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The Future of EU citizenship

bEUcitizen Final Conference, a project financed under the EU's FP7 26-28 April 2017, Residence Palace, Brussels

In 1992 the Treaty of Maastricht formally introduced the concept of European Union citizenship. Twenty-one years later the European Commission proclaimed 2013 the Year of European Citizens marking it with the publication of the report ‘EU citizens: your rights, your future’. This was inter alia intended to draw the attention to the (perceived) problem that significant numbers of European citizens were not taking advantage of many of their rights as European citizens. It raised the question that lies at the heart of the FP7 funded bEUcitizen research project that started in 2013: what are the barriers that European citizens face in exercising their rights?

More in particular, the bEUcitizen project engaged with the following questions and themes:

  1. What is the meaning and significance of EU Citizenship? What is its added value and which innovative narratives can be developed to give shape to the future of EU citizenship?
  2. What impact does migration have on European citizenship? How do we deal with the weaning public support for EU migration and with the refugee crisis that is perhaps even more problematic and urgent, which the EU is currently facing?
  3. What continue to be the main barriers to free movement and seeking residence in another Member State? 
  4. How is the European Union dealing with questions on legitimacy, cohesion and solidarity and what impact does this have on EU citizenship? (How) do these questions relate to the rise of anti-European politics?

Twenty-five years since Maastricht, European citizenship seems more than ever difficult to realize. The challenges that the EU and its citizens face are huge: widening inequality; the rise of populism and Euro-skepticism; challenges to open borders and mobility; the consequences of the Brexit referendum, to list but a few. These challenges do not only demand an improved narrative on European citizenship but also new visions of European citizenship of the future.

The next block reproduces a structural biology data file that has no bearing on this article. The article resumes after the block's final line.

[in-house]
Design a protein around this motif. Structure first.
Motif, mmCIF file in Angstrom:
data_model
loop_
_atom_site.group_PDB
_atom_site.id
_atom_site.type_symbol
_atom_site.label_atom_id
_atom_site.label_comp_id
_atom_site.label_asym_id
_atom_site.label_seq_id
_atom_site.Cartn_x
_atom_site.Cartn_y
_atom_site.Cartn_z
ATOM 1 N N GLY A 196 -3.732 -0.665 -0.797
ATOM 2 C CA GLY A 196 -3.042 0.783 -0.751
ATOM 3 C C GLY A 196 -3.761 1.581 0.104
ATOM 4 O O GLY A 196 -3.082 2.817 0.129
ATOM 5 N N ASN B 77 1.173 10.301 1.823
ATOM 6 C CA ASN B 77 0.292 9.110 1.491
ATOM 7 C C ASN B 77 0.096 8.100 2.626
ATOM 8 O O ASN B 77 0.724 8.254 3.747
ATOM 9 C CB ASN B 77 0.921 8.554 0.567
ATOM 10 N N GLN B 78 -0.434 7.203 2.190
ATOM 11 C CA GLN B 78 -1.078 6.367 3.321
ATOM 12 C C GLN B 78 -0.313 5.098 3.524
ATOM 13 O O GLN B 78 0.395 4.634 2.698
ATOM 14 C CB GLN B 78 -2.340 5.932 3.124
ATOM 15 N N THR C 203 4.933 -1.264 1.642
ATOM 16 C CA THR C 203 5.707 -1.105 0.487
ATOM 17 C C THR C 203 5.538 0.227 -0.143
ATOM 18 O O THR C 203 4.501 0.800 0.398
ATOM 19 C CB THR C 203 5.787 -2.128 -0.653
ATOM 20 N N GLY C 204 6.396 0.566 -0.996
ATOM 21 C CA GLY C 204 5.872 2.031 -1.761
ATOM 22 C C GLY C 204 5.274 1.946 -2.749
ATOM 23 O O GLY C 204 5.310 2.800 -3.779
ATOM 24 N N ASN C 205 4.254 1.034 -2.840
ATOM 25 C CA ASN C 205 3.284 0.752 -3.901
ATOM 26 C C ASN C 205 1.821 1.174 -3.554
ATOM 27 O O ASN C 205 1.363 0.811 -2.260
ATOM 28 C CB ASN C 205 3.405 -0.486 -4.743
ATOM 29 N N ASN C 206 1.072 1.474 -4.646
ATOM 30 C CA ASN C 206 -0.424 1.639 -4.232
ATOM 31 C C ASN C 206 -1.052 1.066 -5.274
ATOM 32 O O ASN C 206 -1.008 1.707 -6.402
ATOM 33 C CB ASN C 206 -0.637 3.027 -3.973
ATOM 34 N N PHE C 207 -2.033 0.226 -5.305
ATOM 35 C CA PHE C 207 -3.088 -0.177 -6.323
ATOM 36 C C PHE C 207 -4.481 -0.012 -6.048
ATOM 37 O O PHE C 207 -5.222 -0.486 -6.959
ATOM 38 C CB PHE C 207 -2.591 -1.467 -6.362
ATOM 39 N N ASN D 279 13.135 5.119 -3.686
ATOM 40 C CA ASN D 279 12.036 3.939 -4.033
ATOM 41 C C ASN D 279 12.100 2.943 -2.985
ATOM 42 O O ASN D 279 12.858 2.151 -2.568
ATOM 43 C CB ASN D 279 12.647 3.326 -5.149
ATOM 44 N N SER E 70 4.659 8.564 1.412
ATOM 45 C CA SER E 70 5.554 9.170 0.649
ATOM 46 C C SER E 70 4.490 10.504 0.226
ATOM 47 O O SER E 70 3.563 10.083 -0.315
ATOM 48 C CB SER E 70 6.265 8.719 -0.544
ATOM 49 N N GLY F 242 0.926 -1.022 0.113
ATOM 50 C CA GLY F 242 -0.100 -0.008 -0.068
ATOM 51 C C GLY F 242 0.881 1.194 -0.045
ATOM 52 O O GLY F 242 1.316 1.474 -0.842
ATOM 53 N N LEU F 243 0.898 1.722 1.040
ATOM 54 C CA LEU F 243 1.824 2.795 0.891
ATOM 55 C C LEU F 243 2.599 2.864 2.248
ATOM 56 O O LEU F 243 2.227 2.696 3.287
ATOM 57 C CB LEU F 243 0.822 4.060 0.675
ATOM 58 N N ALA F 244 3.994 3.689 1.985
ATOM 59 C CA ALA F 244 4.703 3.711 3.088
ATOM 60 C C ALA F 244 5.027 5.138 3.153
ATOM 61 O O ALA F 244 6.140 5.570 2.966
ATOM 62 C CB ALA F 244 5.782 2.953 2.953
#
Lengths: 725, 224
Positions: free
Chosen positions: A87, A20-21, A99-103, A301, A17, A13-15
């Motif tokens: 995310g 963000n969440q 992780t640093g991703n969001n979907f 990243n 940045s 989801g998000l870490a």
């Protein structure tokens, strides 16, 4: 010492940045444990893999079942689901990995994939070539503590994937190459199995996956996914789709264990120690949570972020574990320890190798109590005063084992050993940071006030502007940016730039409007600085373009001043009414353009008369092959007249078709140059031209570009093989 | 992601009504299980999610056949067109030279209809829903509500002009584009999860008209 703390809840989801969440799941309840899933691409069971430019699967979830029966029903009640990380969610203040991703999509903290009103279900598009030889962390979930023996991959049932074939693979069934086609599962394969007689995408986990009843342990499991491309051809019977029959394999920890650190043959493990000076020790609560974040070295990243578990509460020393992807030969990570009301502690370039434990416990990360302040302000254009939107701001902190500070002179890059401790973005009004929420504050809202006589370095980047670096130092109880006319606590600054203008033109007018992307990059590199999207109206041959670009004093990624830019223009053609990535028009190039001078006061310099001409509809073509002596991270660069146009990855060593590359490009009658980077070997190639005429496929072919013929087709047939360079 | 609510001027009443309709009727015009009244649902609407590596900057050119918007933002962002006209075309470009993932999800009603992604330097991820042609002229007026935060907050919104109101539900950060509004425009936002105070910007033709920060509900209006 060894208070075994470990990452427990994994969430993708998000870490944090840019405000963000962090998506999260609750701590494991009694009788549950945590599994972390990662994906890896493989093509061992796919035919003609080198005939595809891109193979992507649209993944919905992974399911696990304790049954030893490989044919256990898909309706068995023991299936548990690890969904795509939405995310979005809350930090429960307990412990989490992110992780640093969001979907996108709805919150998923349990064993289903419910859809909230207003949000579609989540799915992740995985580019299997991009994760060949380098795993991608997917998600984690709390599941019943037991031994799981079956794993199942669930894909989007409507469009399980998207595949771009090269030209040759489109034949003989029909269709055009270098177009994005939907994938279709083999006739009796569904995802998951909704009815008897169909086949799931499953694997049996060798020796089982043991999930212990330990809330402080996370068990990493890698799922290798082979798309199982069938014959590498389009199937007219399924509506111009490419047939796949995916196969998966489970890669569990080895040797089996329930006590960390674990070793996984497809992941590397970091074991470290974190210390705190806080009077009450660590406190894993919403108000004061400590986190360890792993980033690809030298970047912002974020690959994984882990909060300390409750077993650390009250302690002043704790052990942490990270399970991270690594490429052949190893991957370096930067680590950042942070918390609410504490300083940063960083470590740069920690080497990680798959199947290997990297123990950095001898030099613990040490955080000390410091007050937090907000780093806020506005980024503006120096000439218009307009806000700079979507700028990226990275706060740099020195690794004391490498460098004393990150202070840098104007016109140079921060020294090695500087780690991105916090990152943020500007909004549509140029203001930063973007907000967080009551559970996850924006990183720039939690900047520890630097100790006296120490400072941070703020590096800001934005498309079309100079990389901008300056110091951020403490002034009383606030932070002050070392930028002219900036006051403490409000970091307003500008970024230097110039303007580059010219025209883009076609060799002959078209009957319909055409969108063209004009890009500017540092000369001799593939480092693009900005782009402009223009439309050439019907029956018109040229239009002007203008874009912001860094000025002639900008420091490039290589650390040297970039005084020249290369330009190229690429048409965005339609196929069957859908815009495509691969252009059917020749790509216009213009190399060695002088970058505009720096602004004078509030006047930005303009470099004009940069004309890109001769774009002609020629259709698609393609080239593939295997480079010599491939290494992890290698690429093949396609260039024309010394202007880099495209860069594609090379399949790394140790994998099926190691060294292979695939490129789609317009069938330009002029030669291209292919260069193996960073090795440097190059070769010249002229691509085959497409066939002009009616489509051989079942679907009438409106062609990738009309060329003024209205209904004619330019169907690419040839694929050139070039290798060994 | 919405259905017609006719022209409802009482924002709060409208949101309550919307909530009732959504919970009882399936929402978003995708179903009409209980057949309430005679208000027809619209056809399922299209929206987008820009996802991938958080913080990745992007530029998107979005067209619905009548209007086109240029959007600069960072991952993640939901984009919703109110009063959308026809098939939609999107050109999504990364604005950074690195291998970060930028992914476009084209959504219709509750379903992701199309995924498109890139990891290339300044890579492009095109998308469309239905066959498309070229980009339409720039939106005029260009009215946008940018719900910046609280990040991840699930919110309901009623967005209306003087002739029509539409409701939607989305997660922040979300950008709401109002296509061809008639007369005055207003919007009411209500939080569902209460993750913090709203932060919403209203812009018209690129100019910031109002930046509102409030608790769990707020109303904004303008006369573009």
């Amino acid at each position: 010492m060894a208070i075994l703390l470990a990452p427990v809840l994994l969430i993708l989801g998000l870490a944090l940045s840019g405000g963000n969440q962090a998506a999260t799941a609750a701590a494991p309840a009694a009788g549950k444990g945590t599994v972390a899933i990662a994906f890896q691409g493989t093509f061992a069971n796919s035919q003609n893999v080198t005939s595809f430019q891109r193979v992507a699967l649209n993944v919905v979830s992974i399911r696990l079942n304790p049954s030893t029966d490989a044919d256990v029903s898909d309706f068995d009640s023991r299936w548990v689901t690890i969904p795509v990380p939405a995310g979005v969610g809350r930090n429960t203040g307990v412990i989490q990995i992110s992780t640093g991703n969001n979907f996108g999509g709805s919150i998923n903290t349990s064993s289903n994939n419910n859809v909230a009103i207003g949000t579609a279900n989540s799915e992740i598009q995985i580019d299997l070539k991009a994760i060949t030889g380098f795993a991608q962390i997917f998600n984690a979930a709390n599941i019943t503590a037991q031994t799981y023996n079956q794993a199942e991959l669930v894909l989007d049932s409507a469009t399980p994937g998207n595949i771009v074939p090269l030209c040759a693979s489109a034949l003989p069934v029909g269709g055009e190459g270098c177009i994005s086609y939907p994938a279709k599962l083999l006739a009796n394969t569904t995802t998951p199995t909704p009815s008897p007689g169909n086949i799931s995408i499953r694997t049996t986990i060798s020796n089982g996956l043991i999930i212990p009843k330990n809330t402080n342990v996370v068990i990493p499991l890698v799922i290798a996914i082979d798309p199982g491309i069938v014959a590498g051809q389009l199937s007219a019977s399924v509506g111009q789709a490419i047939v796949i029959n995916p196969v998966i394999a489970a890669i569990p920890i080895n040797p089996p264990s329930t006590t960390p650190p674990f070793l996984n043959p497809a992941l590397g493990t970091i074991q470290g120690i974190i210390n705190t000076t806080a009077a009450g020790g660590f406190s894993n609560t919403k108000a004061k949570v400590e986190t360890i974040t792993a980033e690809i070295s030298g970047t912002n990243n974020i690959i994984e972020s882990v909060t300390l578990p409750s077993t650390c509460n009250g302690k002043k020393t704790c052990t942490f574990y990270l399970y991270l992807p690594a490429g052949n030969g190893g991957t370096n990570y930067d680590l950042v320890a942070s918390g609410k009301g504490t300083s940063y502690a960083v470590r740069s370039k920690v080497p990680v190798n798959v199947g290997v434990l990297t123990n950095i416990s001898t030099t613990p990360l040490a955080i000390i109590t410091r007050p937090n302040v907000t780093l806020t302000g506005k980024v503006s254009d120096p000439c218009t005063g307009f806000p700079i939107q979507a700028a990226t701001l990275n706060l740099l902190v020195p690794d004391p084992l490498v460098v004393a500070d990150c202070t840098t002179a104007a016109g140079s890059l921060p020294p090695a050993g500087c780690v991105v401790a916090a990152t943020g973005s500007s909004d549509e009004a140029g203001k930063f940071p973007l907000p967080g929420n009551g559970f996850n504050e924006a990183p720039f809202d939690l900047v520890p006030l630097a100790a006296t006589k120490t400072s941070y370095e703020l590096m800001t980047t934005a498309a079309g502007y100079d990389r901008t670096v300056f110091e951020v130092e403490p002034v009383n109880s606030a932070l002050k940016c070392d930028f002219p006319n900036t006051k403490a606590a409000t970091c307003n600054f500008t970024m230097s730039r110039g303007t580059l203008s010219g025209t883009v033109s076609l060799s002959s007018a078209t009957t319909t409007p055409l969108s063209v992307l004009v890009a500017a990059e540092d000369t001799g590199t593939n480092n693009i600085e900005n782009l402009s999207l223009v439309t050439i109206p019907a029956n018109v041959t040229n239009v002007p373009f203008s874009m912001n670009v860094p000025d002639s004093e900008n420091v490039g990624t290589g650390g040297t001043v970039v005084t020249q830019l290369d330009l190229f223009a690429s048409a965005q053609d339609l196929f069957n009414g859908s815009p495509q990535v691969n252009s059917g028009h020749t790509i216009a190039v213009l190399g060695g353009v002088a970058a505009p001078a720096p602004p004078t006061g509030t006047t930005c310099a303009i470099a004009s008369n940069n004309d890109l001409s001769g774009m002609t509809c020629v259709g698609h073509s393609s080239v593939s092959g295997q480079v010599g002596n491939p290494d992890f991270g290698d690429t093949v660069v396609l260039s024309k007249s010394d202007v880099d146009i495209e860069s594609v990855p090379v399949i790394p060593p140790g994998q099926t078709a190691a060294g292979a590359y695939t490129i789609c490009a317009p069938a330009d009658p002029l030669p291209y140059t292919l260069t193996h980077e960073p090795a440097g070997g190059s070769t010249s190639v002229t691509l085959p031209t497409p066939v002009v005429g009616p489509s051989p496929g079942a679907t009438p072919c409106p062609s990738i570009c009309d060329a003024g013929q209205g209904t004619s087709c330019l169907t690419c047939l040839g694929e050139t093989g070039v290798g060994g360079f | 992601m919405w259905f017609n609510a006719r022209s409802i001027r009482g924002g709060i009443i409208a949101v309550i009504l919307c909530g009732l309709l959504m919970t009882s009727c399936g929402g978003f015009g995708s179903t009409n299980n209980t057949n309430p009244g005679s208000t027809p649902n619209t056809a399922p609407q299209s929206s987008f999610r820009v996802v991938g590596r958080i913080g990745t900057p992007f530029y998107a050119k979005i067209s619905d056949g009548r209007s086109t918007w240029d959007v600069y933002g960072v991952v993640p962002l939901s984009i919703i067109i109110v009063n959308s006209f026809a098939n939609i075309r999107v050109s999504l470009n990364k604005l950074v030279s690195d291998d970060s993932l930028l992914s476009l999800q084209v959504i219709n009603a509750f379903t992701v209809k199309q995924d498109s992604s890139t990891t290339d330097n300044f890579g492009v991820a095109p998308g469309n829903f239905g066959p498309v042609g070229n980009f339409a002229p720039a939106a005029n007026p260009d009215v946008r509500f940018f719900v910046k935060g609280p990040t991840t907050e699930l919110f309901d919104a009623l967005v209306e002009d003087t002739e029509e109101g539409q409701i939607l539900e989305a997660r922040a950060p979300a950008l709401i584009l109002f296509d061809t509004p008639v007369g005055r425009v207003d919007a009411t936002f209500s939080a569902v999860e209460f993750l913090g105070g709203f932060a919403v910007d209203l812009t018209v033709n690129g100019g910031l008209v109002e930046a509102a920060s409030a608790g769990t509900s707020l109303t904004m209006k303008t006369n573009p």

The research questions of the bEUcitizen project are therefore acutely relevant.

The bEUcitizen - All Rights Reserved? Barriers towards EUropean CITIZENship final conference on the future of EU citizenship will present and discuss findings, conclusions and policy recommendations in the light of the aforementioned four questions and themes.

During the bEUcitizen conference to be held from 26 to 28 April 2017, there will be ample opportunity to engage in discussions with European institutions, academia and stakeholders. In particular, two lunch sessions tailored to policy makers and members of Parliament will be organised, which will focus on the implications of the bEUcitizen studies, their background and policy recommendations.  As a kick off a future creating workshop on European Citizenship will be held during the first afternoon. Together with different groups of youth, members of the European Parliament, civil servants from several countries and NGO representatives, scenarios will be explored for strengthening EU citizenship in the 21st century.

We warmly invite you to join us for the bEUcitizen final conference and contribute to the discussions of our final results!

More information including the conference agenda and registration will be continuously published on the conference website (https://goo.gl/VfWBkE).

Conference admission is free of charge but seats are limited. For registration to the conference, please fill in and submit the online registration form until 7 April 2017. If we receive more applications than there is conference capacity, we may have to limit participation.

If you require any further information or if you have any questions please do not hesitate to contact us!


26 Apr 2017 @ 12:00 pm

28 Apr 2017 @ 06:00 pm

Duration: 2 days, 6 hours


Résidence Palace – International Press Center

155 Rue de la Loi

1000 Bruxelles


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